Look at Renoir and Get Ready to Dance

The attempt at writing my blog post this month has had some starts and stops.  A theme seems to have been developing that centers around our lives during 2020 Covid pandemic.  So much has been offered as recollections and reflections, like occupying thoughts while staring out of a window between points of excitement or interest. I imagine a room where there is a dance, and the music plays to a tired audience.  Let us pick up the beat and get ready to dance!

A Shift in the Rhythm

Spring has arrived and there is “light at the end of the tunnel”.  An exuberance is developing towards an era that may become known as post-Covid.  Perhaps we can all feel the tendency to perk up in our chairs a little and detect a shift in the rhythm.  I see and hear on my own social-media and email, announcements for museum and gallery re-openings.  When that fully occurs, it will be like hearing a familiar song for the first time.  It reminds me how much can be taken for granted. Often the specialness of something re-appears at the thought of never having it again.

Dancing at the Moulin de la Galette by Pierre Auguste Renoir
Dancing at the Moulin de la Galette by Pierre Auguste Renoir, d. 1876

What will it be like to “return to normal”?  Much has been discussed about “normal” and “returning” to it.  Spring is a time of rebirth and renewal, and perhaps re-invention.  I look at this painting, Dancing at the Moulin de la Galette by Renoir now housed at the Muse’e d’Orsey and I see what everyone sees.  People dancing and gathering.  How does this make us feel, looking at it now in the year 2021?  The painting, is both timeless and current, couldn’t we say?

Insight on the Joy of Being Together

How much of this scene is familiar or desirable? Plenty in my mind.  After having been “socially-distancing” myself for so-long, I see this painting less as a work of historical sentiment but rather an artistic statement of truth.  The truth is that people need each other. We have invented many ways to express our joy of being together.  Here we see a scene of dancing and relaxing in conversation with one another.  The efforts we make to organize and attend these gatherings is a community effort making the point even clearer.  Then, to further emphasize, the artist points his brush at recording it and gives it back to us.  But, not as a photograph would record the scene.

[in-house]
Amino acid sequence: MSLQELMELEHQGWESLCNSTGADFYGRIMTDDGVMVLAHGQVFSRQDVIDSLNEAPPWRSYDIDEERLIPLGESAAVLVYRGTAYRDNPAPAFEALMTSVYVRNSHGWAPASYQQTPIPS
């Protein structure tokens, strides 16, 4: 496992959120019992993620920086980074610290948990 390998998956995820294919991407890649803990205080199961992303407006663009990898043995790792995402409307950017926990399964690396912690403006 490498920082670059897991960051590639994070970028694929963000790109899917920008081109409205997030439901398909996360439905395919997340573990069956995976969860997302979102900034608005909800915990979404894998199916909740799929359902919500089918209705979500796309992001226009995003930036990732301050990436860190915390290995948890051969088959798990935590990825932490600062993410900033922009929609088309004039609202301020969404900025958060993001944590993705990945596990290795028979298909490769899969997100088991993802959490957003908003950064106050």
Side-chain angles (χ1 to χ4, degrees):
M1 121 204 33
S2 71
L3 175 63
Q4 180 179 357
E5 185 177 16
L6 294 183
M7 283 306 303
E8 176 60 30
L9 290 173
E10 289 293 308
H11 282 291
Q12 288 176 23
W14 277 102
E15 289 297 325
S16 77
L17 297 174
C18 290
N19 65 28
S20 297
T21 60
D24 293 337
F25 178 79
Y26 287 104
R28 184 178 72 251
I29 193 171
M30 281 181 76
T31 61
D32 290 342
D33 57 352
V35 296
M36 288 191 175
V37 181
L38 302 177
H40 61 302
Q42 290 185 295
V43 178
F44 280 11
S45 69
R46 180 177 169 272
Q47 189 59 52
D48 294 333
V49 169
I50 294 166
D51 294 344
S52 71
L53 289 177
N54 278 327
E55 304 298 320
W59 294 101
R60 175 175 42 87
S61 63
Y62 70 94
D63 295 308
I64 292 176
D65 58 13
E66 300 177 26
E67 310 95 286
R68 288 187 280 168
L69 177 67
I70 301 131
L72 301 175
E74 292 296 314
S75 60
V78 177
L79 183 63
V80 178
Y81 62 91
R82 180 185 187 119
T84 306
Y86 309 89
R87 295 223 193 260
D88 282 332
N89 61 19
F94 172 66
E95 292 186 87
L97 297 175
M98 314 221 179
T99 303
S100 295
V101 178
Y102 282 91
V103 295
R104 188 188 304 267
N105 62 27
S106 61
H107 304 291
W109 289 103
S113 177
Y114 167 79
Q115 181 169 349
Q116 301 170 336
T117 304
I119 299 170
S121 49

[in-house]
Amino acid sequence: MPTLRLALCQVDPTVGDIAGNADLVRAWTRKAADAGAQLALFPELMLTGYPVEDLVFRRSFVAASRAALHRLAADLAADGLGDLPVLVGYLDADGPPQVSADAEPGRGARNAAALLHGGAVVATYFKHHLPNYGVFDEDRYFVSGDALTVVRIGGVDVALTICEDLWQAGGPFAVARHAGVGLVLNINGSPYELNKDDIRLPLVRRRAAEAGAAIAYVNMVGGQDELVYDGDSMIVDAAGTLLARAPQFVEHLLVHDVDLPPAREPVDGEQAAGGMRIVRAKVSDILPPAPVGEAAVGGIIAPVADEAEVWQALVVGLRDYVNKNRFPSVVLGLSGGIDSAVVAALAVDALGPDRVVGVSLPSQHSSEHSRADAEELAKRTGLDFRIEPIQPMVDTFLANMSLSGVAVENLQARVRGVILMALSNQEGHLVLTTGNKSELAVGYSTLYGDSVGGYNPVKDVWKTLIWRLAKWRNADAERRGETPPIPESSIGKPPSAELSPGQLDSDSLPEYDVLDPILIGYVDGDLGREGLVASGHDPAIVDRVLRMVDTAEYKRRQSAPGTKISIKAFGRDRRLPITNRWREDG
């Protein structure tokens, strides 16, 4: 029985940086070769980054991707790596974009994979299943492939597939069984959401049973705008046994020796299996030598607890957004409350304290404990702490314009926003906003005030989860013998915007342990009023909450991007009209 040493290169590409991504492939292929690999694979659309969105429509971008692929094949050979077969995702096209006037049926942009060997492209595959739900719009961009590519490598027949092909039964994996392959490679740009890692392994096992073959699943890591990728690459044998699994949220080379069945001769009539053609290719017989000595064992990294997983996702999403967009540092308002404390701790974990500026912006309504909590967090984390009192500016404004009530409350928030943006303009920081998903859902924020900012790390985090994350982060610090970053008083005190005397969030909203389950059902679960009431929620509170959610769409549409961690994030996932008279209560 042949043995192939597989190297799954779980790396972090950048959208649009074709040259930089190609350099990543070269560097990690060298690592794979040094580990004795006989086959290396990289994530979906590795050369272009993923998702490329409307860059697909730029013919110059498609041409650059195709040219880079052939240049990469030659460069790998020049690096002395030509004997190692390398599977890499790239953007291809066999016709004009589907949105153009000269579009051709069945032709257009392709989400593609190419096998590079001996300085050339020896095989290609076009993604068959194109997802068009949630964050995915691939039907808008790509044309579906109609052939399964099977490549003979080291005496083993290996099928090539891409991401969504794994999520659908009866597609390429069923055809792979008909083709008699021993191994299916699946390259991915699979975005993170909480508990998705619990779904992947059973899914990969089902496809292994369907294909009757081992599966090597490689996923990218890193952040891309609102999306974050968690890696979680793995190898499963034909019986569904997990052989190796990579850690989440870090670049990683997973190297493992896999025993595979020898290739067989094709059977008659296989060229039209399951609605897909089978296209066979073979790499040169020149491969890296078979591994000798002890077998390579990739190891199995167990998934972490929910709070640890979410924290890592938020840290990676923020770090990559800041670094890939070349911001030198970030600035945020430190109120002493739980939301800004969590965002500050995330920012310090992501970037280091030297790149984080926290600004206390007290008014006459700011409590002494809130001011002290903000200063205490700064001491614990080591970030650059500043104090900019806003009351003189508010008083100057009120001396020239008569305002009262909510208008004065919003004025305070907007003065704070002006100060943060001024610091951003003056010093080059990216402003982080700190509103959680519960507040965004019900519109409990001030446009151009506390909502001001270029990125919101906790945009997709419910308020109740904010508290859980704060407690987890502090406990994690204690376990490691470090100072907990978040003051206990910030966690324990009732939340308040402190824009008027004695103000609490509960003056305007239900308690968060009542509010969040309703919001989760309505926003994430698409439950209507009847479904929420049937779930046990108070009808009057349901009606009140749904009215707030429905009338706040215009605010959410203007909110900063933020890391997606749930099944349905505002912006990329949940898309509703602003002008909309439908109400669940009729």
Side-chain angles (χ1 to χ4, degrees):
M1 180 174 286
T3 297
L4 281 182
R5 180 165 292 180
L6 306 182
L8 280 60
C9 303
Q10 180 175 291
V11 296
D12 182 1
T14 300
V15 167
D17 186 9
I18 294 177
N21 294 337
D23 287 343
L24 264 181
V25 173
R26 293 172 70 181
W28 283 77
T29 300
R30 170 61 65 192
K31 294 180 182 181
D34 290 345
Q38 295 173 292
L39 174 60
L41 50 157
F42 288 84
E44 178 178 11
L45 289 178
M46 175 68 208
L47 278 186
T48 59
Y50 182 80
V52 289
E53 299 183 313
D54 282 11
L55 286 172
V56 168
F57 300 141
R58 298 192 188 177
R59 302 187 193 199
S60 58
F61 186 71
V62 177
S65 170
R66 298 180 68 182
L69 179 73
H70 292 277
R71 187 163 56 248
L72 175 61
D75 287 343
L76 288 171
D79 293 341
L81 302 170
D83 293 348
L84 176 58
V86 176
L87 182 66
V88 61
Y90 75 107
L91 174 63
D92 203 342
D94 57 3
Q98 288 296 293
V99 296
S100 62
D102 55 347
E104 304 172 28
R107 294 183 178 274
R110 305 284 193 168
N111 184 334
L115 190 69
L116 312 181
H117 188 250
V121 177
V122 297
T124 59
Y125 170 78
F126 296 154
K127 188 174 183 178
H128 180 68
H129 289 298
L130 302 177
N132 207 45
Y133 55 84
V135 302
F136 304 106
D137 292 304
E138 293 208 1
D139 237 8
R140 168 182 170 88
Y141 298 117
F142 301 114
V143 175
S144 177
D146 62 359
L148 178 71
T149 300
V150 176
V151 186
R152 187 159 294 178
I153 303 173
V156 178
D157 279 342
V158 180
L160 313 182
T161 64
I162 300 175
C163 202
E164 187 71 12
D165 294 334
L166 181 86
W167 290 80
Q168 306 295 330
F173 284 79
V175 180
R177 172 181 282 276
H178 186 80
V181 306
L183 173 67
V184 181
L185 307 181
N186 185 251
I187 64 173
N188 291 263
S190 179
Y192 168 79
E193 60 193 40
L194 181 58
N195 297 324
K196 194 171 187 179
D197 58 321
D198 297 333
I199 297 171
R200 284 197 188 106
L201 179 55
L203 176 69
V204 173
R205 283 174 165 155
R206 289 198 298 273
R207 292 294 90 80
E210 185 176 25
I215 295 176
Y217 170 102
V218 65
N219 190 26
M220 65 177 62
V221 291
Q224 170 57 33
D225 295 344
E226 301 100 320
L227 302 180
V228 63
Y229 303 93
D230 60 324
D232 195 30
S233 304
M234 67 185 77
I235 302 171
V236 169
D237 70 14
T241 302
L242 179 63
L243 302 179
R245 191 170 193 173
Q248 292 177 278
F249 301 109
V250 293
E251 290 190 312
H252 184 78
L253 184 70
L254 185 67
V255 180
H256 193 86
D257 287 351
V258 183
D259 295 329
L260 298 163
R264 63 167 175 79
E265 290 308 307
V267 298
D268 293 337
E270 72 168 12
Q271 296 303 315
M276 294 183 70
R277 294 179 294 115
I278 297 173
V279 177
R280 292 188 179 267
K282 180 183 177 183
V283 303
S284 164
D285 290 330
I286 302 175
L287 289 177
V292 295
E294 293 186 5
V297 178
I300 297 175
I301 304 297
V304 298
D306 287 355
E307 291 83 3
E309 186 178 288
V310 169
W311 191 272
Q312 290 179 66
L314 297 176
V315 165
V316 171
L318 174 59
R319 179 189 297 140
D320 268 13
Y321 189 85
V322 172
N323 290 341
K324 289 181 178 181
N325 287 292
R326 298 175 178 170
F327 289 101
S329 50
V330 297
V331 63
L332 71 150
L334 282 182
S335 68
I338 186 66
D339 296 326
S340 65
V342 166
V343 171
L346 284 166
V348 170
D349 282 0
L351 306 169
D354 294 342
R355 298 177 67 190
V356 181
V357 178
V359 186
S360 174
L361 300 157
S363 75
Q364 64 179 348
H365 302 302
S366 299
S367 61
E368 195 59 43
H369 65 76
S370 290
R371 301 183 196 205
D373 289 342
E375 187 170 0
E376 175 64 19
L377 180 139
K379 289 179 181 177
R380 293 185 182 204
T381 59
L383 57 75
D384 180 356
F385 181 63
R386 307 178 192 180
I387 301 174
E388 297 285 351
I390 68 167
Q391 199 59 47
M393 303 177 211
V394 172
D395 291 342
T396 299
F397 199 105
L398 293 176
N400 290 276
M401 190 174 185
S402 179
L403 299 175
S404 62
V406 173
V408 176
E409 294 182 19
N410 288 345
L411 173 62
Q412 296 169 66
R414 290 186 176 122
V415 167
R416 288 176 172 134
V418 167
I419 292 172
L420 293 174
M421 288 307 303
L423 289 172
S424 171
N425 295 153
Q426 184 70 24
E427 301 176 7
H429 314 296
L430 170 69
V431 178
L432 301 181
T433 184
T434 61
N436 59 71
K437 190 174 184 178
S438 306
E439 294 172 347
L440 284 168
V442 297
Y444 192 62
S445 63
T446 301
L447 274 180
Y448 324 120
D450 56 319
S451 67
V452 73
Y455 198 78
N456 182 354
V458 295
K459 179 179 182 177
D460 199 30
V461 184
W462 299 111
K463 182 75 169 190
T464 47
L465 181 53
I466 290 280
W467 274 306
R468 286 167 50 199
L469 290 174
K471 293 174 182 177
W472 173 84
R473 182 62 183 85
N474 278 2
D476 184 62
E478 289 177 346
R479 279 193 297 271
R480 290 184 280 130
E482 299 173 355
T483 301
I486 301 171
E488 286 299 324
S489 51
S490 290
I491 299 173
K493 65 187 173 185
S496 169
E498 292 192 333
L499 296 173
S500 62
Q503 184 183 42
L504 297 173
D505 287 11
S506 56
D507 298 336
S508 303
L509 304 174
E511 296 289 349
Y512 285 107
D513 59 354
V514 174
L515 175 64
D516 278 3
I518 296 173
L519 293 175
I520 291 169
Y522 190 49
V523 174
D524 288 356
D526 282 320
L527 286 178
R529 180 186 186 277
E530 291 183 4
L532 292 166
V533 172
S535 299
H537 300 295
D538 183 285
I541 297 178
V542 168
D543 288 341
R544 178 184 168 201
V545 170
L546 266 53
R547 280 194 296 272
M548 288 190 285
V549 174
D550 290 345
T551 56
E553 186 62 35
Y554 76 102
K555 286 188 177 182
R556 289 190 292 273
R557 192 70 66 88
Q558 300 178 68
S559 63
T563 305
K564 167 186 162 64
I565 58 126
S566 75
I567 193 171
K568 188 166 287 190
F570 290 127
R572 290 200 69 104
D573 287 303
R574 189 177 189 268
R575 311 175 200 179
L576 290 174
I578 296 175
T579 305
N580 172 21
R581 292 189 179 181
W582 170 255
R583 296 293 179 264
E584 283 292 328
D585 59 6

Here, the artist uses the brush as the writer would her words.   This is not a painting of a dance, but a painting of joyous human interaction.  See that after assessing the compositional weight of the painting (towards the darks in lower right balanced by the dancing couple bathed in light) we are drawn into the painting as if the surface dissolves and we are there, in it.  I can imagine the woman speaking, probably in French, while the noise of music and chat fill the air.  A man is there, daydreaming while leaning on the tree.  I might think of him as the center-point for the entire conception of the scene, contemplating all that I am writing about now.  Even that notion transcends time and illustrates even more how this painting repeats its observation in the here and now.

Hit the Floor and Get Ready to Dance

The knowledge that I can once again be in front of works like this and others has given me chills of excitement and a pause.  Perhaps, I will no longer take the moment of entering a museum (or any place) for granted.  Enjoying an outdoor patio or indoor café or to share a table and conversation with people I just met will be a familiar experience, but one I may feel like I will be having for the first time.  The music of life has changed its beat. My toes are starting to tap, my shoulders are starting to move, it is soon time to “hit the floor” and shake my booty.  Let’s get ready to dance together. I cannot wait to join in again and share with you there in joy.

2 Replies to “Look at Renoir and Get Ready to Dance”

  1. Enjoyable read and very appropriate to our “Coming Out,” so to say. I also wonder whether we will be able to more rightly appreciate what has been “on hold” this past year, as we regain our autonomy and are able to enter venues, eat inside restaurants and wander near crowds. Those things most taken for granted could become very precious, if we are mindful of this past year. Great art conveys what we are missing and also what we should continue to treasure.

    1. Yes, very true. You point out one reason why I enjoy sharing the power of art in this blog, which is how art helps us understand and enjoy the value of the world around us. Thank you for taking the time to comment.

Leave a Reply

Your email address will not be published. Required fields are marked *

This site uses Akismet to reduce spam. Learn how your comment data is processed.